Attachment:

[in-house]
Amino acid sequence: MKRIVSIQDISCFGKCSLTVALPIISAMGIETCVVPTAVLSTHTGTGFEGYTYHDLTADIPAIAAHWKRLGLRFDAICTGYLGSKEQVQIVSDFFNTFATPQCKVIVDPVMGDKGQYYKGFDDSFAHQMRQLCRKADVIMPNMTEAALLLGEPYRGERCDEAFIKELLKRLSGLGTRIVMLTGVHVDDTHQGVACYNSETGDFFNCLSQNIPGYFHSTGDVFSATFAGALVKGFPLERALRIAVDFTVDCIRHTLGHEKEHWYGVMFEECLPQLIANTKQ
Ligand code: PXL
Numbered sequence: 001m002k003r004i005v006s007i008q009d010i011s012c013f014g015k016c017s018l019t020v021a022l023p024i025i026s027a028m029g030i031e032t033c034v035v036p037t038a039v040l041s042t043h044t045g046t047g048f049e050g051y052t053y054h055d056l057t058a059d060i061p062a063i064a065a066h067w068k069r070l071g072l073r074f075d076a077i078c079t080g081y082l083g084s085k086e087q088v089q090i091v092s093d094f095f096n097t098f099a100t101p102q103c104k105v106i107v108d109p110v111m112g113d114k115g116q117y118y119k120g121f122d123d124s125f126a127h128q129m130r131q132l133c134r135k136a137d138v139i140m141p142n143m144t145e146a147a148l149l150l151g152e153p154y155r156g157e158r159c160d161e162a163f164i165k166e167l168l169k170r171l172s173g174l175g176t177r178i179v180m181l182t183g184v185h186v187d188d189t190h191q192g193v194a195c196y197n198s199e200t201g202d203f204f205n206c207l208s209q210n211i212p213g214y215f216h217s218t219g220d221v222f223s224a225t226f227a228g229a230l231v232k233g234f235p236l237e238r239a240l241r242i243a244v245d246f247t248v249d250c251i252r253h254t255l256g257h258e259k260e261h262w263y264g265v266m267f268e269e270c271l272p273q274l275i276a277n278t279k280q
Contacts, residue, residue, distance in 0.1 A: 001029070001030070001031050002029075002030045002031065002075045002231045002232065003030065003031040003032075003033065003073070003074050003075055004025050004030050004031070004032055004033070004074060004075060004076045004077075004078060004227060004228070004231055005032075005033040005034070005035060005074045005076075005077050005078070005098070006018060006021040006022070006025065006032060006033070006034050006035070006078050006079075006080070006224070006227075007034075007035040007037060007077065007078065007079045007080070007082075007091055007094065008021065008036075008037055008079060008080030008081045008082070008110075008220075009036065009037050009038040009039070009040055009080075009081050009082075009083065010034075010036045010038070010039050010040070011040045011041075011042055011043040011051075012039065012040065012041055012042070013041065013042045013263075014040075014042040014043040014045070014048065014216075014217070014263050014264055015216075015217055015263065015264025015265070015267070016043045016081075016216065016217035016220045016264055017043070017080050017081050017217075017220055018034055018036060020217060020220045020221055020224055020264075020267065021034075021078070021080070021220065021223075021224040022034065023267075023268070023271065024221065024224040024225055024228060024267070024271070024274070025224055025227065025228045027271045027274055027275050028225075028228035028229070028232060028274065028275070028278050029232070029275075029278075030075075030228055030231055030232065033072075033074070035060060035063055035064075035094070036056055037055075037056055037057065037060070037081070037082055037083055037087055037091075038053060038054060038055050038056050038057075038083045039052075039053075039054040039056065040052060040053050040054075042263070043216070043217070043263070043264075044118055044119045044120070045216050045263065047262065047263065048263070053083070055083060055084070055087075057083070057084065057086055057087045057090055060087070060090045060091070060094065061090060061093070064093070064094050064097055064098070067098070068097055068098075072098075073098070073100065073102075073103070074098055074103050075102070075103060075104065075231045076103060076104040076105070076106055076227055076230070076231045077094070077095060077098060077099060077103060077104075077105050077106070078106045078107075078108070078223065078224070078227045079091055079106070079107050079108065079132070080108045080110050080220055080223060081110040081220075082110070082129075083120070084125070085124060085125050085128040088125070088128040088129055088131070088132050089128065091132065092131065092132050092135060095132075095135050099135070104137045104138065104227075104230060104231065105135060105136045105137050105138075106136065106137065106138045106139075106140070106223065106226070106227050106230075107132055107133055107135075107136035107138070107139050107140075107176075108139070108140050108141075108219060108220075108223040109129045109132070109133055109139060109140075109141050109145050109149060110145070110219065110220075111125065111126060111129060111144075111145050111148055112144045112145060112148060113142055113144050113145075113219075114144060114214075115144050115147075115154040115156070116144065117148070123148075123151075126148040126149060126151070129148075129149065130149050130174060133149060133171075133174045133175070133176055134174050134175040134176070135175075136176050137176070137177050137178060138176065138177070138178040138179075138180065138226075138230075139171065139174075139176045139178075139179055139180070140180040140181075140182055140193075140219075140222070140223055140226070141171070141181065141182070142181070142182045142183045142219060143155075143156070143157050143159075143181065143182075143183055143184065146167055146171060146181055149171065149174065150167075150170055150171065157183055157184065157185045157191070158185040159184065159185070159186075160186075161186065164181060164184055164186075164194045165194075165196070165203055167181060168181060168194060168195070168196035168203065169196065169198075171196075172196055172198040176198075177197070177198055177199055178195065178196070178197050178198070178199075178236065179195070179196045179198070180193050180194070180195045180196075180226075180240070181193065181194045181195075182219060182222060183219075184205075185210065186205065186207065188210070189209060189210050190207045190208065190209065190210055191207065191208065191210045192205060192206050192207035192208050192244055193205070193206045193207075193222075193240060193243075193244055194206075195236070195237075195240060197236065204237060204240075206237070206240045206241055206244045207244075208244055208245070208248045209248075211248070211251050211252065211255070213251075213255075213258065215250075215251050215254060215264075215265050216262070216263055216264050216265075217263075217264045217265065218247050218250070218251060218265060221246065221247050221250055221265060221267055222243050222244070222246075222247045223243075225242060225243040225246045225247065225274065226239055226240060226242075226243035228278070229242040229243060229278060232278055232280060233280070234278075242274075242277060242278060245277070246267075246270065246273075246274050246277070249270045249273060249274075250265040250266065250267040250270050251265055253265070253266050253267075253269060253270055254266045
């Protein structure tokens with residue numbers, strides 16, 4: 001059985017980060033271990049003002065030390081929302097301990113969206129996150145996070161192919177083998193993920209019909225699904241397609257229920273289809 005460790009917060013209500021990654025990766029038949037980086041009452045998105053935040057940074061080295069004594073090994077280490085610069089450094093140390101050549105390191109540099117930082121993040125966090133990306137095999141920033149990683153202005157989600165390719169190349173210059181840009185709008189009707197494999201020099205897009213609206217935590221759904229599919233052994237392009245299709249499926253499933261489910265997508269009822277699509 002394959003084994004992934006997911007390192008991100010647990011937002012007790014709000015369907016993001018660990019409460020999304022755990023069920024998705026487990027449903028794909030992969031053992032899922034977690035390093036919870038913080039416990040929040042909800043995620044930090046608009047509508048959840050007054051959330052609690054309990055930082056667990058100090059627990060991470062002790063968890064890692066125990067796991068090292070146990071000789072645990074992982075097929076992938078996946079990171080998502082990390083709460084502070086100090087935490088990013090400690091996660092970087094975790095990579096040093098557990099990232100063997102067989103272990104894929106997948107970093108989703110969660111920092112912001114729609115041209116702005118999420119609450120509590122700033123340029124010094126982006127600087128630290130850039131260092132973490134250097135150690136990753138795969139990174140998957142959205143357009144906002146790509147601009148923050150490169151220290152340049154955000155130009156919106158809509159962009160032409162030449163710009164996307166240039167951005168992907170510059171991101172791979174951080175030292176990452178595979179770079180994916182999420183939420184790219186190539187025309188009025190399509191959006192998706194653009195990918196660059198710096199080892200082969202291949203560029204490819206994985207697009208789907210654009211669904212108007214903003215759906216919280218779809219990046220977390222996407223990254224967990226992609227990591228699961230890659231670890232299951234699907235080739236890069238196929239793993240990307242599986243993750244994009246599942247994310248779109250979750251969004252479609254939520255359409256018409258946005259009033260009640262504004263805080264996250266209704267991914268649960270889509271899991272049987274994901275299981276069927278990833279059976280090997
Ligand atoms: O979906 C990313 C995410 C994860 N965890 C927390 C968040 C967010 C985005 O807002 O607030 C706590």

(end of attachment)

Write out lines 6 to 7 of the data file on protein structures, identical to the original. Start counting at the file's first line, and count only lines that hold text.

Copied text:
């Protein structure tokens with residue numbers, strides 16, 4: 001059985017980060033271990049003002065030390081929302097301990113969206129996150145996070161192919177083998193993920209019909225699904241397609257229920273289809 005460790009917060013209500021990654025990766029038949037980086041009452045998105053935040057940074061080295069004594073090994077280490085610069089450094093140390101050549105390191109540099117930082121993040125966090133990306137095999141920033149990683153202005157989600165390719169190349173210059181840009185709008189009707197494999201020099205897009213609206217935590221759904229599919233052994237392009245299709249499926253499933261489910265997508269009822277699509 002394959003084994004992934006997911007390192008991100010647990011937002012007790014709000015369907016993001018660990019409460020999304022755990023069920024998705026487990027449903028794909030992969031053992032899922034977690035390093036919870038913080039416990040929040042909800043995620044930090046608009047509508048959840050007054051959330052609690054309990055930082056667990058100090059627990060991470062002790063968890064890692066125990067796991068090292070146990071000789072645990074992982075097929076992938078996946079990171080998502082990390083709460084502070086100090087935490088990013090400690091996660092970087094975790095990579096040093098557990099990232100063997102067989103272990104894929106997948107970093108989703110969660111920092112912001114729609115041209116702005118999420119609450120509590122700033123340029124010094126982006127600087128630290130850039131260092132973490134250097135150690136990753138795969139990174140998957142959205143357009144906002146790509147601009148923050150490169151220290152340049154955000155130009156919106158809509159962009160032409162030449163710009164996307166240039167951005168992907170510059171991101172791979174951080175030292176990452178595979179770079180994916182999420183939420184790219186190539187025309188009025190399509191959006192998706194653009195990918196660059198710096199080892200082969202291949203560029204490819206994985207697009208789907210654009211669904212108007214903003215759906216919280218779809219990046220977390222996407223990254224967990226992609227990591228699961230890659231670890232299951234699907235080739236890069238196929239793993240990307242599986243993750244994009246599942247994310248779109250979750251969004252479609254939520255359409256018409258946005259009033260009640262504004263805080264996250266209704267991914268649960270889509271899991272049987274994901275299981276069927278990833279059976280090997
Ligand atoms: O979906 C990313 C995410 C994860 N965890 C927390 C968040 C967010 C985005 O807002 O607030 C706590």